Greetings from campus! Things are bustling here, in a way that feels markedly different from the past couple of years. While we continue to navigate real challenges in our emergence from the global pandemic, every corner of the college this fall is filled with vibrant energy. It’s hard to find seats at local coffee shops again, and the crosswalks are full during the 10 minutes between classes (drivers on a tight schedule beware!). Both faculty and students tell me how happy they are to be back learning together in classrooms, libraries, labs, offices, and study spaces. I am energized daily by the presence of our brilliant students, faculty, postdocs, and staff.
This fall I also find myself thinking about the verb impact, both as a linguist and as the dean of LSA. The verb has been the source of some grammatical concern over the past few decades; someone once said to me, “Only teeth can be impacted.” But that’s just not true. Since the 1930s, impact has had a figurative meaning: to have a direct or pronounced effect on. It’s not just about teeth or physical objects colliding—and it is essential to what we do in LSA.
Our research impacts our understanding of the human experience, the natural world, and the workings of culture and society. We are doing the science required for technological breakthroughs; we are telling the histories that will help shape our futures; we are informing policy at the state, national, and international level; we are writing the stories and both creating and interpreting the art that help people understand the world from new perspectives; we are unlocking secrets of human brains, languages, social, political, and economic systems, the Earth, and the universe.
Our teaching, advising, and mentoring positively impact thousands of students. LSA’s liberal arts and sciences students learn to transcend the boundaries of any single major or department. They gain knowledge, of course, and as importantly they are empowered to trust and pursue curiosity, with rigor and a sense of purpose.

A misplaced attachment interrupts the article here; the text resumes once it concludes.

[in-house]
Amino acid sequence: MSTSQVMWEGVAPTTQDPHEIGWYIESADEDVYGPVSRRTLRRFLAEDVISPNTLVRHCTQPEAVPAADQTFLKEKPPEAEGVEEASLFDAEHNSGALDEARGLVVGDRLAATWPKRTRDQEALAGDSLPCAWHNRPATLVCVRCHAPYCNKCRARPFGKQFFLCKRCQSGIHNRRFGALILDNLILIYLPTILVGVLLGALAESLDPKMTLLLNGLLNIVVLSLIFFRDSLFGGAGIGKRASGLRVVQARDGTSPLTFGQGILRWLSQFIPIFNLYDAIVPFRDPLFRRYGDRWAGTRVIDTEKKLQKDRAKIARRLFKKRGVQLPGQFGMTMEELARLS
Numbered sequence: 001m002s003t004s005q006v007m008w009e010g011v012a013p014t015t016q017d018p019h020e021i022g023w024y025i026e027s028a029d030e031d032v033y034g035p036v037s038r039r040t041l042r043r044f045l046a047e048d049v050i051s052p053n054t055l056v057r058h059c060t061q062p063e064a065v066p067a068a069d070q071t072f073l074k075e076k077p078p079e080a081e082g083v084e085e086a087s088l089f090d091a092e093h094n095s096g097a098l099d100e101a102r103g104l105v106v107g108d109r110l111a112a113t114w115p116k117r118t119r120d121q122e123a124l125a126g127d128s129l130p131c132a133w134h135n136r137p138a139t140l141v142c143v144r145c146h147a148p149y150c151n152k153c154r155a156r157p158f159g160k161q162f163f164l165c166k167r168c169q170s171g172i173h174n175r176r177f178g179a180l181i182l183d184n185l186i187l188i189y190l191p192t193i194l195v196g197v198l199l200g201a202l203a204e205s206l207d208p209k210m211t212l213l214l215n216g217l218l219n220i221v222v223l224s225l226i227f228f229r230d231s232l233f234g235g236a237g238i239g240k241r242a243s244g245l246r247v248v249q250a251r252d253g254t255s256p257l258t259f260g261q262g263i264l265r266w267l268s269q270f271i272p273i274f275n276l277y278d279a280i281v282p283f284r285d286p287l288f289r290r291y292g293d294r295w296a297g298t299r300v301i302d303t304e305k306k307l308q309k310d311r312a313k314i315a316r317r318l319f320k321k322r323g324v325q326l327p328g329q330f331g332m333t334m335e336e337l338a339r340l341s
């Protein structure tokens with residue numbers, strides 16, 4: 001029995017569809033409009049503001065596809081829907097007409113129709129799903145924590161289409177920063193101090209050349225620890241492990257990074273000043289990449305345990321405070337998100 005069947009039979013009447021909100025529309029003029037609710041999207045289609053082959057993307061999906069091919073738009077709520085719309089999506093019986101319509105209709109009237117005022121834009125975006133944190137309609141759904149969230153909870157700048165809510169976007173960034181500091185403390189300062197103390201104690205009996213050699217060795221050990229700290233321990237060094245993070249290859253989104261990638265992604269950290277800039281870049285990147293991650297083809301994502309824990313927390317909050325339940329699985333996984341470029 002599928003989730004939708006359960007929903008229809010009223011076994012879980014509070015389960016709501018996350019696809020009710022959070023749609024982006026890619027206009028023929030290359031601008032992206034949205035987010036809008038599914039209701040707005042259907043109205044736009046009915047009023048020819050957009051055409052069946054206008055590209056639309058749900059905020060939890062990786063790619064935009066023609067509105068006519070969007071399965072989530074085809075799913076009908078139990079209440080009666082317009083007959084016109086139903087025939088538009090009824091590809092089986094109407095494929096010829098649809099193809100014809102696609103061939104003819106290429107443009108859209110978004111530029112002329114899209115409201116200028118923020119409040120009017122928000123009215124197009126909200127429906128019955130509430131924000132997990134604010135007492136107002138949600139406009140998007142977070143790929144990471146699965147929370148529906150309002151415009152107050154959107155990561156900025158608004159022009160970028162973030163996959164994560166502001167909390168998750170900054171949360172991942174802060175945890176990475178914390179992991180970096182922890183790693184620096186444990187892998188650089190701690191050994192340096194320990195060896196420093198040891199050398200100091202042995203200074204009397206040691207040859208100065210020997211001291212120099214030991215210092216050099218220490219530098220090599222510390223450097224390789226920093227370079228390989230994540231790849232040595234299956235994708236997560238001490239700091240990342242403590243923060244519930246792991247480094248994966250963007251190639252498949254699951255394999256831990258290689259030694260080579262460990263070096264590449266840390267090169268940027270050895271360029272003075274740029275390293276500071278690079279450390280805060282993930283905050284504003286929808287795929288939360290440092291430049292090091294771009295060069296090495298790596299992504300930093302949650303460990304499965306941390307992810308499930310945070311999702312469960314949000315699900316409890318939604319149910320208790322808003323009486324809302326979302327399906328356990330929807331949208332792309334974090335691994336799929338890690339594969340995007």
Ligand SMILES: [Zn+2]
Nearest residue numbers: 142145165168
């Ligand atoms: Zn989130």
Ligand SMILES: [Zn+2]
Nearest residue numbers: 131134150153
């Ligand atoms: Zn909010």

The students, faculty, staff, and alums featured in this issue of LSA Magazine are using that knowledge and curiosity to identify and solve problems—from unearthing previously untold histories to demystifying a deadly brain cancer. In every field of study and every line of work, they are making an impact.
At LSA, we also continue the important work of making our community ever more diverse and focused on well-being, all while addressing pressing issues such as the war in Ukraine, systemic racism, climate change, the effects of the Supreme Court’s Dobbs decision, the evolving impacts of living in a digital world, and so many other things that remind us how important the liberal arts are in our everyday lives. And we strive never to lose our sense of wonder, from the complex beauty of a cell to the power of literature to move hearts and minds.
You, as an alum, have taken all of these lessons with you since graduating. In doing so, you have stretched the impact of an LSA education far beyond our halls and out into the world—our vast, sometimes messy, sometimes contentious, but always wondrous world.
Anne Curzan, Dean
College of Literature, Science, and the Arts
The generosity of LSA donors creates new opportunities for learning and innovation as we maintain our deeply held values of exploration, common good, and inclusion. Gifts to the LSA need-based scholarship fund help students by covering costs like tuition, room, and board so they can focus on their education. With your support, we have met the unique obstacles of these last few years and are prepared to greet whatever new challenges might come our way.
Visit our new website for more stories on how LSA is meeting the moment.